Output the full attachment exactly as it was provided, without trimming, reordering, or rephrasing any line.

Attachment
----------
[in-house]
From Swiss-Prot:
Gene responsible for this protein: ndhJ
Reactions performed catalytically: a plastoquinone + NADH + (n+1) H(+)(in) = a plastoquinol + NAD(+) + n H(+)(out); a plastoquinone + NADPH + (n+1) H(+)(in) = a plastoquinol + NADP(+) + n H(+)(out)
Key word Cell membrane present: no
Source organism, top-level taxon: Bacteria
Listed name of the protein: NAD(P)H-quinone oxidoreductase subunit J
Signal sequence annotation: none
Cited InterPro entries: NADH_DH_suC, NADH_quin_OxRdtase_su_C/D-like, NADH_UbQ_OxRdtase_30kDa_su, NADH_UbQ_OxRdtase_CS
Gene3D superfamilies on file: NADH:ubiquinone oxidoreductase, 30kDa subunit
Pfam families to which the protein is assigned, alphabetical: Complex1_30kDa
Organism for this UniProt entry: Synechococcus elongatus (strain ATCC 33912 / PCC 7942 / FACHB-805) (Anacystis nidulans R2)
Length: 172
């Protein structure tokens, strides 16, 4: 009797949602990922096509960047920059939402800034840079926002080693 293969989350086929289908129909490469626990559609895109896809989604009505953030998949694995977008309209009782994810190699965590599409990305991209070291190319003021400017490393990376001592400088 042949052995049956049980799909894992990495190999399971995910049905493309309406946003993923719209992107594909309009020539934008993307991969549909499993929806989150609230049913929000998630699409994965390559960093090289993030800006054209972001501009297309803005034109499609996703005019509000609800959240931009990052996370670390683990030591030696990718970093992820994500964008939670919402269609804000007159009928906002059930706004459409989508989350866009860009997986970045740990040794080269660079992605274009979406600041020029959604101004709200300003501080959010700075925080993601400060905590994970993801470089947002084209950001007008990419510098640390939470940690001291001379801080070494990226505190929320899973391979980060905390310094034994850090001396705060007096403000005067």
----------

[in-house]
From Swiss-Prot:
Gene responsible for this protein: ndhJ
Reactions performed catalytically: a plastoquinone + NADH + (n+1) H(+)(in) = a plastoquinol + NAD(+) + n H(+)(out); a plastoquinone + NADPH + (n+1) H(+)(in) = a plastoquinol + NADP(+) + n H(+)(out)
Key word Cell membrane present: no
Source organism, top-level taxon: Bacteria
Listed name of the protein: NAD(P)H-quinone oxidoreductase subunit J
Signal sequence annotation: none
Cited InterPro entries: NADH_DH_suC, NADH_quin_OxRdtase_su_C/D-like, NADH_UbQ_OxRdtase_30kDa_su, NADH_UbQ_OxRdtase_CS
Gene3D superfamilies on file: NADH:ubiquinone oxidoreductase, 30kDa subunit
Pfam families to which the protein is assigned, alphabetical: Complex1_30kDa
Organism for this UniProt entry: Synechococcus elongatus (strain ATCC 33912 / PCC 7942 / FACHB-805) (Anacystis nidulans R2)
Length: 172
């Protein structure tokens, strides 16, 4: 009797949602990922096509960047920059939402800034840079926002080693 293969989350086929289908129909490469626990559609895109896809989604009505953030998949694995977008309209009782994810190699965590599409990305991209070291190319003021400017490393990376001592400088 042949052995049956049980799909894992990495190999399971995910049905493309309406946003993923719209992107594909309009020539934008993307991969549909499993929806989150609230049913929000998630699409994965390559960093090289993030800006054209972001501009297309803005034109499609996703005019509000609800959240931009990052996370670390683990030591030696990718970093992820994500964008939670919402269609804000007159009928906002059930706004459409989508989350866009860009997986970045740990040794080269660079992605274009979406600041020029959604101004709200300003501080959010700075925080993601400060905590994970993801470089947002084209950001007008990419510098640390939470940690001291001379801080070494990226505190929320899973391979980060905390310094034994850090001396705060007096403000005067």